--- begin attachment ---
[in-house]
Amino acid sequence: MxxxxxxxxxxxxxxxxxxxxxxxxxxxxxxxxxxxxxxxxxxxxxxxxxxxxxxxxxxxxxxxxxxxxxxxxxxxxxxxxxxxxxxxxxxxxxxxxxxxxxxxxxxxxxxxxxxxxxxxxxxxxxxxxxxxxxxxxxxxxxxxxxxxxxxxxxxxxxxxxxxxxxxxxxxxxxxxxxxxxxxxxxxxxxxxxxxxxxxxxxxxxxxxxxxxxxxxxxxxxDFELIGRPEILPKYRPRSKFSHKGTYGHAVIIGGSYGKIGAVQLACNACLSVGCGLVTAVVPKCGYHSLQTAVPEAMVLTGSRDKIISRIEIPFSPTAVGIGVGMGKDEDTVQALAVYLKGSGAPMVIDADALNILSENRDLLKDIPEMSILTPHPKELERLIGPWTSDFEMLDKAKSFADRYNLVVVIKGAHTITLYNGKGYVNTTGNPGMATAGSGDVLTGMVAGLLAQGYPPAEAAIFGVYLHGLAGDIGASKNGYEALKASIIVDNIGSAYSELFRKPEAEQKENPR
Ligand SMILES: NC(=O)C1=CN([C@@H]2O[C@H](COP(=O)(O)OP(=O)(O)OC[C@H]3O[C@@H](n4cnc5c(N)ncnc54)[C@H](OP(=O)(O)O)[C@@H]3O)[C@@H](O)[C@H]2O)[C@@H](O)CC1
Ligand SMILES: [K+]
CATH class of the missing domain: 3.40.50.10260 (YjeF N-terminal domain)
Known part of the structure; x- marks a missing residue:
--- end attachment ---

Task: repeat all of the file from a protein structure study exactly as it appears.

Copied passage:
[in-house]
Amino acid sequence: MxxxxxxxxxxxxxxxxxxxxxxxxxxxxxxxxxxxxxxxxxxxxxxxxxxxxxxxxxxxxxxxxxxxxxxxxxxxxxxxxxxxxxxxxxxxxxxxxxxxxxxxxxxxxxxxxxxxxxxxxxxxxxxxxxxxxxxxxxxxxxxxxxxxxxxxxxxxxxxxxxxxxxxxxxxxxxxxxxxxxxxxxxxxxxxxxxxxxxxxxxxxxxxxxxxxxxxxxxxxxDFELIGRPEILPKYRPRSKFSHKGTYGHAVIIGGSYGKIGAVQLACNACLSVGCGLVTAVVPKCGYHSLQTAVPEAMVLTGSRDKIISRIEIPFSPTAVGIGVGMGKDEDTVQALAVYLKGSGAPMVIDADALNILSENRDLLKDIPEMSILTPHPKELERLIGPWTSDFEMLDKAKSFADRYNLVVVIKGAHTITLYNGKGYVNTTGNPGMATAGSGDVLTGMVAGLLAQGYPPAEAAIFGVYLHGLAGDIGASKNGYEALKASIIVDNIGSAYSELFRKPEAEQKENPR
Ligand SMILES: NC(=O)C1=CN([C@@H]2O[C@H](COP(=O)(O)OP(=O)(O)OC[C@H]3O[C@@H](n4cnc5c(N)ncnc54)[C@H](OP(=O)(O)O)[C@@H]3O)[C@@H](O)[C@H]2O)[C@@H](O)CC1
Ligand SMILES: [K+]
CATH class of the missing domain: 3.40.50.10260 (YjeF N-terminal domain)
Known part of the structure; x- marks a missing residue: